10 September 2021

The back to school stress

There are mixed feelings when September rolls round and school is about to start again. Whether that’s because you’re the child returning to school with new classes, new teachers or new friends. You could be the anxious mum, nervous for their child’s first day, or you’re the teacher welcoming back children in their masses. Everyone […]

There are mixed feelings when September rolls round and school is about to start again. Whether that’s because you’re the child returning to school with new classes, new teachers or new friends. You could be the anxious mum, nervous for their child’s first day, or you’re the teacher welcoming back children in their masses.

Everyone at one stage of their life is a student. We take part in some form of education whether we like it or not. Unfortunately, not all students have an easy time throughout this process. That may be because they don’t find the work easy, they get bullied, and many other reasons. These reasons can lead to anxious feelings and the fear of attending school. Parents worry about these factors inhibiting their child’s education and experience in school. School can be just as nerve wracking for the parents.

The end of summer holidays and the time leading up to the beginning of September can be a stressful time for a parent, it’s the time where you’re preparing your child for a new year. Have they got all the stationary they’ll need? Do they have the correct uniform? Do their school shoes fit? The list is endless. But, it’s not just the pupil’s and parents who experience stress.

Research has shown that the most common feelings amongst teachers were: anxiety, fear, worry, overwhelmed, and sad. Why do teachers feel like this?

There can be many reasons as to why a teacher may feel anxious or sad. The nature of the job is isolating for an adult. Spending majority of their day talking to children and limited time with adults can leave an individual feeling unsupported.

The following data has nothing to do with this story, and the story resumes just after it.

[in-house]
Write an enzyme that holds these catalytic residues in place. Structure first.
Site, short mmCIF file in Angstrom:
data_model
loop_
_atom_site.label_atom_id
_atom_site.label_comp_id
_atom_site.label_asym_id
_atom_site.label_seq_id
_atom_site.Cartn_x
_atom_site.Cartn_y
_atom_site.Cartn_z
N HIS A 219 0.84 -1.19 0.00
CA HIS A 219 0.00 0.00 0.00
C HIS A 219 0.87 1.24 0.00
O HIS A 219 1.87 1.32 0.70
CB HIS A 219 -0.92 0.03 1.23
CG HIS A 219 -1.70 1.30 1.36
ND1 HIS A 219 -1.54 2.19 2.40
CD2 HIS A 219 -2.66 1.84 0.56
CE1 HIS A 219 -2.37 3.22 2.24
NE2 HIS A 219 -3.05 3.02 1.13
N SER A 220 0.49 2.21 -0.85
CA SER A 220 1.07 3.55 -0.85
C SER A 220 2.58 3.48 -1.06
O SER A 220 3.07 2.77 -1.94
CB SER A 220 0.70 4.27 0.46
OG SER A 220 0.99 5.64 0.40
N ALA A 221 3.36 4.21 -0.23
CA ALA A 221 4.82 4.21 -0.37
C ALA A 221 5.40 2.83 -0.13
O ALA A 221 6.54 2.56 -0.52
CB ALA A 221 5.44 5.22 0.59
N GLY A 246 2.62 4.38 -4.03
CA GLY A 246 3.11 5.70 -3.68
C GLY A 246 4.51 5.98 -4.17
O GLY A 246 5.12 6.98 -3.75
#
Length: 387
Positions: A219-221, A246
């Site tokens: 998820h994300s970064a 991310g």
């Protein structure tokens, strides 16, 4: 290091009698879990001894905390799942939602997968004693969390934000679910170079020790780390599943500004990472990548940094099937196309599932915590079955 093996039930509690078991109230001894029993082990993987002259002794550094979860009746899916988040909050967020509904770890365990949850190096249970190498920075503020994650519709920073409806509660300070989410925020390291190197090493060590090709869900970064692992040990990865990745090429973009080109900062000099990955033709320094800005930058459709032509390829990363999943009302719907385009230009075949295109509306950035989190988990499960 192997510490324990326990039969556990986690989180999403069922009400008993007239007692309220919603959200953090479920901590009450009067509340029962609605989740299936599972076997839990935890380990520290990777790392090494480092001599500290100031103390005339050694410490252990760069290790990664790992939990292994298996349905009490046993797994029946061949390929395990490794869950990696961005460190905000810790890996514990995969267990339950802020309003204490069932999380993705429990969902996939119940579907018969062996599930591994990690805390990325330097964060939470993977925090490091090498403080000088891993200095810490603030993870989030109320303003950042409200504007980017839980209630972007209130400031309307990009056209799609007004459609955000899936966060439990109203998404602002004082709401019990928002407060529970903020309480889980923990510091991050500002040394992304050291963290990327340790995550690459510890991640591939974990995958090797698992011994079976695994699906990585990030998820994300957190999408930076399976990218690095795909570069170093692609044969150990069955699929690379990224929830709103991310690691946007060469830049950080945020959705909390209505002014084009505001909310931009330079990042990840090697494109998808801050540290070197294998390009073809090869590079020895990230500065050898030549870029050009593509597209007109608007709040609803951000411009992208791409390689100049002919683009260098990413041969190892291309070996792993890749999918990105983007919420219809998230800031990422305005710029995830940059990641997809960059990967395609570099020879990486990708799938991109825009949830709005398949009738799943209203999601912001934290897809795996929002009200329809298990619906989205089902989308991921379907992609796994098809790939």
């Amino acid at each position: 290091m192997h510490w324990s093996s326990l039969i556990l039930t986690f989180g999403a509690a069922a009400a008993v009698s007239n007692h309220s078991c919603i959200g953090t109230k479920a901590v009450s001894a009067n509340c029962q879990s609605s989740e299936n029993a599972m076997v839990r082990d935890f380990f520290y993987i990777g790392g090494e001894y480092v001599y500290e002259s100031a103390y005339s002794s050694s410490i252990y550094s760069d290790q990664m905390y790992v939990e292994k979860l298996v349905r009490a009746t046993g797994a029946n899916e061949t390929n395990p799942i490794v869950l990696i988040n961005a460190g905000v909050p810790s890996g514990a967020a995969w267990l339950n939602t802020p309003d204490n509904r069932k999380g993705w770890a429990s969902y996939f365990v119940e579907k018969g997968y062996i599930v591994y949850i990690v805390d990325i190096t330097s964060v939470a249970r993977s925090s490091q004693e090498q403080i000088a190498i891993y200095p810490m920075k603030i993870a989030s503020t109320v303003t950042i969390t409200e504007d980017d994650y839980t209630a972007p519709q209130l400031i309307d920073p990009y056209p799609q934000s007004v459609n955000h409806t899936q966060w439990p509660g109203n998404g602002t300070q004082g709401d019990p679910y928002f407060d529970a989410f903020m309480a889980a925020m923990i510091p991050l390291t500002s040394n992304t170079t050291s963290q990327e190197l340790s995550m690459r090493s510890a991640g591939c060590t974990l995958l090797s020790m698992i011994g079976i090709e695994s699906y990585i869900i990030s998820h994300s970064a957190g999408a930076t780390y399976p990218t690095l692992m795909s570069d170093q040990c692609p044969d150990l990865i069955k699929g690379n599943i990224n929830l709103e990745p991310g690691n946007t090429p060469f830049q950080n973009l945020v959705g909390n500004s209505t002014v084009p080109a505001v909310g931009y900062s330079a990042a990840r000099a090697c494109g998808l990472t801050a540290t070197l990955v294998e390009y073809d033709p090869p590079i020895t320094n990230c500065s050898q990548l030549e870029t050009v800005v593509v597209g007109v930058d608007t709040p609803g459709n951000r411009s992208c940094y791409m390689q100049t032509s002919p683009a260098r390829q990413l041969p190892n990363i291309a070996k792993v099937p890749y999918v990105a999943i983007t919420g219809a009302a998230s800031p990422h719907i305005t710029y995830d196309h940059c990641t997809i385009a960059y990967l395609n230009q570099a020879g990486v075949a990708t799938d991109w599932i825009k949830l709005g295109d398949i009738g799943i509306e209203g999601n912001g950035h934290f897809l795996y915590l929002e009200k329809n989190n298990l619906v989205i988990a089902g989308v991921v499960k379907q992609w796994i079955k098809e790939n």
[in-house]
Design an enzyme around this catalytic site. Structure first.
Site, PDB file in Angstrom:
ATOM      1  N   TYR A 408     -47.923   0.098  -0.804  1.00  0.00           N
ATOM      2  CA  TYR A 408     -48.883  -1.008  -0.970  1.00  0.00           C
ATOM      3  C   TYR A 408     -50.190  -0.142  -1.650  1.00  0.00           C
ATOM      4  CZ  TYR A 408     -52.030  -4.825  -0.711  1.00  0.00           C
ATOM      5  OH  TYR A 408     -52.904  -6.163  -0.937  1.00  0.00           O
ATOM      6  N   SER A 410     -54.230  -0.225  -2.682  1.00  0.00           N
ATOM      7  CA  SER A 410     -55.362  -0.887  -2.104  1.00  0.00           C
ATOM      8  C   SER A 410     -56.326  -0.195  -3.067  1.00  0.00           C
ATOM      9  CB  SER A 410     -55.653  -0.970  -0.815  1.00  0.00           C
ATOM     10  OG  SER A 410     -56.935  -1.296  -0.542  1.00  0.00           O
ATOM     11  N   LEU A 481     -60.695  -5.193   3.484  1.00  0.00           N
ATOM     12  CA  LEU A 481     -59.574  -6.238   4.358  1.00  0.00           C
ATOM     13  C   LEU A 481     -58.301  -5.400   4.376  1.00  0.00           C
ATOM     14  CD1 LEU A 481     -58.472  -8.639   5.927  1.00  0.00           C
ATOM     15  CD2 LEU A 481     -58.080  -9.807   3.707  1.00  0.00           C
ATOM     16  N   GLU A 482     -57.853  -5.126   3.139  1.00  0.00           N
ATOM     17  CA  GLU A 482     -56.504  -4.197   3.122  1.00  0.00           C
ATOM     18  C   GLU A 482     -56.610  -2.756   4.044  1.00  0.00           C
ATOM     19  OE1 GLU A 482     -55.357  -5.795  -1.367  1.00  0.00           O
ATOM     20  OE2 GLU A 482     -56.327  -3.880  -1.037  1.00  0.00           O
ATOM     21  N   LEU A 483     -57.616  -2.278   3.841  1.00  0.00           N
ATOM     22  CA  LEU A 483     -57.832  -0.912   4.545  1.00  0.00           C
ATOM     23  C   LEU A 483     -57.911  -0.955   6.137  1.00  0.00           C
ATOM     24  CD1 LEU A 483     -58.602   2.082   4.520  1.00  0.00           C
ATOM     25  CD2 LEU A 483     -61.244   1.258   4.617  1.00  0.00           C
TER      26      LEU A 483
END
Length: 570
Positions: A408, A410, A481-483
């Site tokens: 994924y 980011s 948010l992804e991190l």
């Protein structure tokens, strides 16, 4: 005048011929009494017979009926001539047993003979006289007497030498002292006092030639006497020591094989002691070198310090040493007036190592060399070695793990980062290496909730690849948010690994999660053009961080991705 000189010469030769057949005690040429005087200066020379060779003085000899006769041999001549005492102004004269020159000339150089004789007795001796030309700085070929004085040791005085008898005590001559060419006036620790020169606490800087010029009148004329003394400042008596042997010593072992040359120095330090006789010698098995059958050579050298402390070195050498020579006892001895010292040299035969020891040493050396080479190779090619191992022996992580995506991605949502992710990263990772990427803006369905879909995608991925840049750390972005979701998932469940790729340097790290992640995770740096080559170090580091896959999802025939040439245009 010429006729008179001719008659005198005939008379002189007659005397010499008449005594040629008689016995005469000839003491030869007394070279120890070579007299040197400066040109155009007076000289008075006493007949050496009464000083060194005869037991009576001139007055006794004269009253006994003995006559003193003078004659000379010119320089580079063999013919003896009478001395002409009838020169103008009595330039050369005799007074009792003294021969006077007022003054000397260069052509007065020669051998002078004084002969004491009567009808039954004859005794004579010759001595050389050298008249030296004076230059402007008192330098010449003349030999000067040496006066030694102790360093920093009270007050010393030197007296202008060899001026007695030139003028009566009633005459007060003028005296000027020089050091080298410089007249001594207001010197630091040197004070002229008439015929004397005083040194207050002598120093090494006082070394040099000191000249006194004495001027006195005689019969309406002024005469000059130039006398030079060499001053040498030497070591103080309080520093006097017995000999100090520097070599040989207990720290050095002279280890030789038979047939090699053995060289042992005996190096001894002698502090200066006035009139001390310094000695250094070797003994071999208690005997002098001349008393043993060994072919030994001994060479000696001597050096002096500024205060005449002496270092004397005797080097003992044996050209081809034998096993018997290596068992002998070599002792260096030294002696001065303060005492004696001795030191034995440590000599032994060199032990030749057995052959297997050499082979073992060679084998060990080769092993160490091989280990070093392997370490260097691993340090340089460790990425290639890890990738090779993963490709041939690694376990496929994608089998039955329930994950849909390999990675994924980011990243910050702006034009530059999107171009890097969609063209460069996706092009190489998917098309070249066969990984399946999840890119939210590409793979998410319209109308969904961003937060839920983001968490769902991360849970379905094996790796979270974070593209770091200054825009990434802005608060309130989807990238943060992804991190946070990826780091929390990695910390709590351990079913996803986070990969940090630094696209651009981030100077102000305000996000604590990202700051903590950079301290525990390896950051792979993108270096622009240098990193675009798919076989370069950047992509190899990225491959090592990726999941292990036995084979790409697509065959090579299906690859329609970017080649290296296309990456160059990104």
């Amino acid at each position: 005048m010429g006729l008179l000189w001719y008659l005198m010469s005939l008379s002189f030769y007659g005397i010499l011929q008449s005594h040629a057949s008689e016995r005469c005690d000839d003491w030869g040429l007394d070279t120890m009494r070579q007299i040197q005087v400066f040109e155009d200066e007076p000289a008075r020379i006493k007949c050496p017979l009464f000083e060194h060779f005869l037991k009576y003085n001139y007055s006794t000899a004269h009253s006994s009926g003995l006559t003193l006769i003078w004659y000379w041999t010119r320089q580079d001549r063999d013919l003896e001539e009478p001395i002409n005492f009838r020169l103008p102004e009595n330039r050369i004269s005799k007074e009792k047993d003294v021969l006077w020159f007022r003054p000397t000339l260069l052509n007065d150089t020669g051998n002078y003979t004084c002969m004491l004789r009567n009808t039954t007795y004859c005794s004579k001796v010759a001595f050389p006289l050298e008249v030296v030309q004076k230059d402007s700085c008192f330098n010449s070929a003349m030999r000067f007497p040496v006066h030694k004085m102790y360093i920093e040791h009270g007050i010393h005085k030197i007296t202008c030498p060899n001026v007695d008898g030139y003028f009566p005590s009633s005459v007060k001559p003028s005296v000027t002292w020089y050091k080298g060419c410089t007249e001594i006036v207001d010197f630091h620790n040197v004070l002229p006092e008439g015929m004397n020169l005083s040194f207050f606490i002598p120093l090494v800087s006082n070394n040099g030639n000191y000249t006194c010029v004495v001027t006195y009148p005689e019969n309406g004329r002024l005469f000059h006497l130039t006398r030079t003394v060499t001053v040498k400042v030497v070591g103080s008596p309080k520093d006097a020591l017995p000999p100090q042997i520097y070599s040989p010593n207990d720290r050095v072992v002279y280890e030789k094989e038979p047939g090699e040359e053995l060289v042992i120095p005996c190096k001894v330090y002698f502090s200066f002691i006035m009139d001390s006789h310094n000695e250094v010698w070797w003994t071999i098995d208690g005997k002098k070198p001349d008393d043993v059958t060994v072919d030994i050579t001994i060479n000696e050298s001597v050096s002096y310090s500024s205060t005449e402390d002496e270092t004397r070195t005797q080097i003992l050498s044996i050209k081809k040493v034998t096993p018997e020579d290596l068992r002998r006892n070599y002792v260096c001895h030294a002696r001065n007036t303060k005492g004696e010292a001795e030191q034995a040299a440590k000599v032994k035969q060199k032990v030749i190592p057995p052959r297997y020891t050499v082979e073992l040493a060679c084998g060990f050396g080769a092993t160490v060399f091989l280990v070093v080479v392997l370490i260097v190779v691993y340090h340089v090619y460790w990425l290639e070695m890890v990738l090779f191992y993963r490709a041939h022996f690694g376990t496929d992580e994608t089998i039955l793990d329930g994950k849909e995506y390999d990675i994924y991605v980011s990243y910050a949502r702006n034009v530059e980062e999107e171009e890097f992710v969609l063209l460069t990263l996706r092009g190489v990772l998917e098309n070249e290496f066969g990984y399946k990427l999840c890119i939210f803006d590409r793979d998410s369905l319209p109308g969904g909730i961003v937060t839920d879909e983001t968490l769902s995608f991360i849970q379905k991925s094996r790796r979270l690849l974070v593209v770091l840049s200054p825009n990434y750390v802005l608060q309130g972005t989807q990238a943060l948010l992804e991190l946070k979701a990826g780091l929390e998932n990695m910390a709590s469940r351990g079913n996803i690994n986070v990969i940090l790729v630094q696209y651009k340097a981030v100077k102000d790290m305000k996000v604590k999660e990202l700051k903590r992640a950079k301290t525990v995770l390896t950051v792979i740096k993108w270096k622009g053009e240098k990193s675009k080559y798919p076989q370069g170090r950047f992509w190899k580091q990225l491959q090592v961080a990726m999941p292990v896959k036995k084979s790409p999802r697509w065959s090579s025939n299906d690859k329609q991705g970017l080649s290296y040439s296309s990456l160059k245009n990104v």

The drive and overwhelming care one has to support and push a child to succeed in all they do is inspiring. Yet, teachers put an unrealistic pressure on themselves to pursue this. Teachers also naturally take on the role of being a pupil’s confidant. This can be an uneasy situation to be in. A situation which can lead to extra feelings of worry for that person.

Teachers must take time for themselves. To step aside from school and care for their own mental and physical wellbeing, as hard as it may seem. Learning techniques to destress for anybody is important, and even more so when you can transfer the techniques on to another individual, i.e. a student.

De-stressing techniques:

Breathing exercises

Exercise – take a walk during lunch.

Meditation – 10 minutes to sit down, focus on you and your breathing. (with essential oils or not).

Ask for help – somebody is always there to help.

Break down whatever you have to do into smaller tasks.

Give yourself permission to do absolutely nothing for 5 minutes.

The feelings of stress can be exhausting, your mind is on overdrive. Whether you’ve had a hard day of classes or a parent who works all day on top of parenting, or a teacher who has had a good or bad day, you finish the day tired. We crave that good night’s sleep after a long day. We want our bed to rejuvenate us, to refresh us for the following day. A place we go to rest up and for our worries to absorb into the mattress. De-stressing techniques can also help our mind switch off, to enable us to sleep well. We’d recommend reading before bed, with an essential oil diffusing in the background. An oil which is going to alleviate stress, or encourage a restful sleep. Reading has shown to relax your muscles, leaving you calmer ready for bed.

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